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Helmut Schmidt, Published April 17 2012

‘Planet Money’ hosts say learn from Norway’s lead

FARGO – If the oil-rich state of North Dakota is to thrive 20 years from now, state leaders should consider following the lead of their Norsk relatives on the other side of the Atlantic Ocean, lest we, too, suffer what economists call “The Resource Curse.”

That’s the advice of Adam Davidson and Alex Blumberg, co-creators of “Planet Money” and keynote speakers for the North Dakota 2.0 capstone summit Tuesday at the Radisson Hotel.

“We just want to express our deepest condolences,” Davidson said.

“You found oil,” deadpanned Blumberg.

In many places around the world where oil is found, democracy wanes, the National Public Radio journalists warned. But even if North Dakota

doesn’t slip into dictatorship under Gov. Jack Dalrymple, the state could see the power of oil crowd out other economic sectors for resources, leaving the state less able to adapt years down the road when the economy shifts again.

What Norway did in the 1970s was create a set of guiding principles for exploiting their country’s reserves of black gold and to invest in the future, Davidson and Blumberg said.

They included:

With the close of the Fargo meeting, the results of surveys taken at all 14 meetings held around the state since October will be compiled by researchers at North Dakota State University, then shared with local, state and congressional leaders and the general public, said Jasper Schneider.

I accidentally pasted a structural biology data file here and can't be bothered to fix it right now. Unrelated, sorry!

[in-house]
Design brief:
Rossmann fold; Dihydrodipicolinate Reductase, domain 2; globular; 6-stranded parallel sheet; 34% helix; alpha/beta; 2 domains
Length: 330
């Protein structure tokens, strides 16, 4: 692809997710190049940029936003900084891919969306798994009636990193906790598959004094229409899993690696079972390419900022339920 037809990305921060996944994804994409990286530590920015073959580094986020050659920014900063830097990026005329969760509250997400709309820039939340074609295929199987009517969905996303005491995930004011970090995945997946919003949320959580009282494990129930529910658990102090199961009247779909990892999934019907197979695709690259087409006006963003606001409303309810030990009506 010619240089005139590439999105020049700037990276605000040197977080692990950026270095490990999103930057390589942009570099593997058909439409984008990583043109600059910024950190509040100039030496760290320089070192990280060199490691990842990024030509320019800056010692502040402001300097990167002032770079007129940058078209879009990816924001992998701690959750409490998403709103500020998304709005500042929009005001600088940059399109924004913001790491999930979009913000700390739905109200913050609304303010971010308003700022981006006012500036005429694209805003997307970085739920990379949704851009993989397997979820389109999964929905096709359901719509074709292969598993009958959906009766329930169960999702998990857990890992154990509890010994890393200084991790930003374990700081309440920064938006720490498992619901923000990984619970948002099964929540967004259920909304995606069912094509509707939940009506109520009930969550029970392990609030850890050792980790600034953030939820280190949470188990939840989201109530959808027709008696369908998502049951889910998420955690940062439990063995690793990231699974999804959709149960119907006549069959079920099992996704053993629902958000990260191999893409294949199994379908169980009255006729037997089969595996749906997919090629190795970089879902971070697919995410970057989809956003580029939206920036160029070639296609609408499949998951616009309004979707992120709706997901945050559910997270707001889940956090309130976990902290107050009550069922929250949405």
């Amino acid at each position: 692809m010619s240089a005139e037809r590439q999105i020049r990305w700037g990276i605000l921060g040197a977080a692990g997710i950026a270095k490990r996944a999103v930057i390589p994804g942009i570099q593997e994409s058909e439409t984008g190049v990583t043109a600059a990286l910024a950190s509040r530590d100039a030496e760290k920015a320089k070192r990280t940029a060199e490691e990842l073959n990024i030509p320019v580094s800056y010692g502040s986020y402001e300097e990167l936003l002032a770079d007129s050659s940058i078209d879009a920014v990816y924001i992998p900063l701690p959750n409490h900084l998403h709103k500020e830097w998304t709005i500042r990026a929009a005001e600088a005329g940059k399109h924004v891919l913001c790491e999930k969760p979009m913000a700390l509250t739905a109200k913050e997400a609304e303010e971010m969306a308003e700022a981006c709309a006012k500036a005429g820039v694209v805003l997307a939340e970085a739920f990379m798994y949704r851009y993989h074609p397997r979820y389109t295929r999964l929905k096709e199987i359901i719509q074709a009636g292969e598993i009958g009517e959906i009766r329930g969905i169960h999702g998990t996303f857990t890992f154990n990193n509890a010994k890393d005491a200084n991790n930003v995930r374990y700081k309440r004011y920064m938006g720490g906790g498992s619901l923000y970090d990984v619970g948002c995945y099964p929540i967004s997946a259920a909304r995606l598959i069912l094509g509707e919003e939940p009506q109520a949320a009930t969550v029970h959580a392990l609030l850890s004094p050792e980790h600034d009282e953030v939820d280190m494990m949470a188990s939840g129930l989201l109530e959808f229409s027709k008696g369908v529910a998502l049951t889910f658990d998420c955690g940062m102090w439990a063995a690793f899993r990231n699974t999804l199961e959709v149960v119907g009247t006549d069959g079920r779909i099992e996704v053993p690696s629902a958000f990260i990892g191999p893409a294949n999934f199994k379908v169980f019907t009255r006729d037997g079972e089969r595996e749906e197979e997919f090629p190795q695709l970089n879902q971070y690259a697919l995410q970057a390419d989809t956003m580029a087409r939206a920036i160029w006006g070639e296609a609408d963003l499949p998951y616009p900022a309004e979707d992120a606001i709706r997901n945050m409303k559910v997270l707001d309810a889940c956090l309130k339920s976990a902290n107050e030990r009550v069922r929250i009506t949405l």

Schneider has spearheaded the project as the state’s director for USDA Rural Development. He expects the report will be ready by the end of May.

”The art of the deal” will then be determining the themes and conclusions that can be drawn from the input given, Schneider said.

“We have to remember, for the vast majority of our state’s history, we have not been a beacon of economic prosperity, and so the thing we’ve always had going for us is our quality of life,” Schneider said. “The challenge for all of us is how do we reach our potential economically,” while maintaining our high quality of life.

“We’ve got to get this right,” he said. “The worst thing that can happen to us is that 20 years from now, we look back on a time of prosperity and wish that we had made wiser choices and smarter investments.”

For Davidson and Blumberg, transparency in how the exploitation of North Dakota’s oil riches takes place, as well as investment in education – from preschool to graduate school – are those wise choices and smart investments.

“For me, the transparency is really crucial,” Davidson said. “And that doesn’t mean having all the data in some file cabinet somewhere. But aggressive transparency, where anybody who is at all curious can easily see who is getting contracts, Let me read the contracts. How is this state well-being accessed and shared? Everything else can follow from that.”

Blumberg thinks the main thing “is to sort of realize that oil is a double-edged sword.” It brings much wealth, but it also can help create social ills such as homelessness and higher crime rates.

“Just sort of know what’s coming. Know it will disrupt the economy,” Blumberg said. “Part II is to figure out how best to manage for the future so your economy doesn’t only become about oil” and how do you use and invest that money “to get the most bang for your buck.”

Human capital also shouldn’t be forgotten, he said.

“It seems pretty clear that the better-educated your populace is, the better off your economy is, and it’s getting more and more that way,” he said. “Economists will tell you that preschool is a pivotal moment,” he said.

Readers can reach Forum reporter Helmut Schmidt at (701) 241-5583

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